Additional Resources
•    Try it: cloud.oracle.com
•    Learn more: http://www.oracle.com/us/corporate/features/complete-cloud/index.html
•    Research Report: Cloud for Business Managers: The Good, the Bad, and the Ugly

Friday Jun 14, 2013

Cloud Fact for Business Managers #2

For those in sales, marketing & customer services roles in particular, being able to look at customer data through a consolidated lens is critical to how they see the future. For instance, 50% of those surveyed think data must be easily shared across all channels of communication and across various departments and business units in order to deliver a next-generation customer experience.[Read More]

Thursday Jun 13, 2013

Social Data Part 2: Socially Enabled Big Data Analytics and CX Management

This is the second in a series of posts on the value of leveraging social data across your enterprise, from Oracle Social VP Product Development Don Springer

In this post, I will cover more advanced “next” steps in how to leverage social data within your enterprise’s Big Data Analytics, Business Intelligence and Customer Experience Management deployed applications and systems. This is a follow-up to a post I wrote in April around the first step in implementing a Social CRM approach and the value for your enterprise specific social data.

[Read More]

Monday Jun 03, 2013

A Cloudy Webcast on the Horizon for Application Developers

I'm sure many of you who follow this blog have heard a lot about Oracle Cloud and may have even been able to attend one of our recent Oracle CloudWorld events. Chances are that you’ve heard a great deal about Oracle Cloud’s application services (SaaS) and the different lines of business (LOBs) that leverage them.  Let’s not forget that Oracle Cloud also offers platform as a service (PaaS) that enable developers to quickly and easily build new applications or custom extensions to Oracle Cloud’s SaaS applications. Oracle Cloud platform services are based on the world’s leading platform, open standards to prevent lock-in, and offer simple subscription pricing.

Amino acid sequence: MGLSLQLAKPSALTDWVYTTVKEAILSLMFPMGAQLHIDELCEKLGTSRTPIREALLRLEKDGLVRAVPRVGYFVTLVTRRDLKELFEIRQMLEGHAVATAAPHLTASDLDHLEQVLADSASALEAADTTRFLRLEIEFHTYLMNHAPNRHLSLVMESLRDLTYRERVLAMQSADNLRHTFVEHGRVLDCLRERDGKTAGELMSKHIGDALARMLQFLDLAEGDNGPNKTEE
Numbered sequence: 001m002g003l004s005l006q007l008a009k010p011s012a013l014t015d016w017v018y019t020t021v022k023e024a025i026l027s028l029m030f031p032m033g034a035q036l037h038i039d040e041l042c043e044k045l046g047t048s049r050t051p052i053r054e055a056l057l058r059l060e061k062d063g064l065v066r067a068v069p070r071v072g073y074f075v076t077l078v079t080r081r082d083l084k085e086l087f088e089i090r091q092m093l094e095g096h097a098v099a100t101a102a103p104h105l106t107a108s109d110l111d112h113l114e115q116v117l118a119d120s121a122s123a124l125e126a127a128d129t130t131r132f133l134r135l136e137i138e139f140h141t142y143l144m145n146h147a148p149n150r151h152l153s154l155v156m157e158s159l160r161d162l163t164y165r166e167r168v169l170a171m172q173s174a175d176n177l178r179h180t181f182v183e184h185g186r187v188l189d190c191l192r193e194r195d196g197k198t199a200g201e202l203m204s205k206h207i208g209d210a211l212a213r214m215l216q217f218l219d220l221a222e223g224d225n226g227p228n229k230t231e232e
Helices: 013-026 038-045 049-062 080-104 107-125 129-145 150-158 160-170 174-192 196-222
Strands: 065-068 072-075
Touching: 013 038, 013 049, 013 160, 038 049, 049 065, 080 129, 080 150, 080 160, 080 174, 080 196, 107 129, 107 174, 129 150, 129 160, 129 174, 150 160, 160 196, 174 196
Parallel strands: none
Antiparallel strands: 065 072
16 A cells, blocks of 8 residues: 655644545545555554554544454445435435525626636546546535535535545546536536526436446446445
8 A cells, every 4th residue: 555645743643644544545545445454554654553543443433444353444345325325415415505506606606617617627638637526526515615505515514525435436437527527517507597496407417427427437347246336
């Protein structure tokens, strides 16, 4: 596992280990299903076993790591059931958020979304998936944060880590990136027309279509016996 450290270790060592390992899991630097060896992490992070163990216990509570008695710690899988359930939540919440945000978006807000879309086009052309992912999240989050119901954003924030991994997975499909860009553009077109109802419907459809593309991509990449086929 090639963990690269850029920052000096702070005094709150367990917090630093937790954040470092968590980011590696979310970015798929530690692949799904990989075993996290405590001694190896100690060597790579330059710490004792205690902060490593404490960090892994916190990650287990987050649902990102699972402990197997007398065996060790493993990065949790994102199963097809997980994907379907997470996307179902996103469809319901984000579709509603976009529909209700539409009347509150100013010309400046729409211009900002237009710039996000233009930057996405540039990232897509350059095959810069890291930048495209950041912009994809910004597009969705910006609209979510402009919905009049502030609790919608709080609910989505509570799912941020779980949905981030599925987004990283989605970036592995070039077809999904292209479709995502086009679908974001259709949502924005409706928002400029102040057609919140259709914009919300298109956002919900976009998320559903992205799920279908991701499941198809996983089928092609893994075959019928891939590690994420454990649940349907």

In our continuing efforts to spread the word to application developers that are keen to move their projects to the cloud, the Oracle Cloud team will be hosting a webcast series called Developing Applications in Oracle's Public Cloud. These LIVE webcasts will begin with quick overviews of our PaaS offerings, then spend most of the time on hands-on demonstrations of common tasks like building a simple app, loading data, and using the integrated tools. The first of two 2-part webcasts will focus on the Oracle Database Cloud Service and will be particularly interesting to developers familiar with Oracle Application Express. The second 2-part webcast is targeted at Java developers and will focus on the Oracle Java Cloud Service. I've listed the webcast series schedule below.

Each webcast will have LIVE Q&A so you’ll have an opportunity to ask the Oracle Cloud Product Managers any questions you have about these services. 

  • Developing Applications with the Oracle Database Cloud Service - Part 1 - June 18, 2013 at 9 a.m. PT
  • Developing Applications with the Oracle Database Cloud Service - Part 2 - June 20, 2013 at 9 a.m. PT
  • Improving Developer Productivity with Oracle Java Cloud Service and Cloud-Based IDE Plug-Ins - June 25, 2013 at 9 a.m. PT
  • Improving Developer Productivity with Oracle Java Cloud Service and Maven - June 27, 2013 at 9 a.m. PT
  • Click here to register for the webcasts today!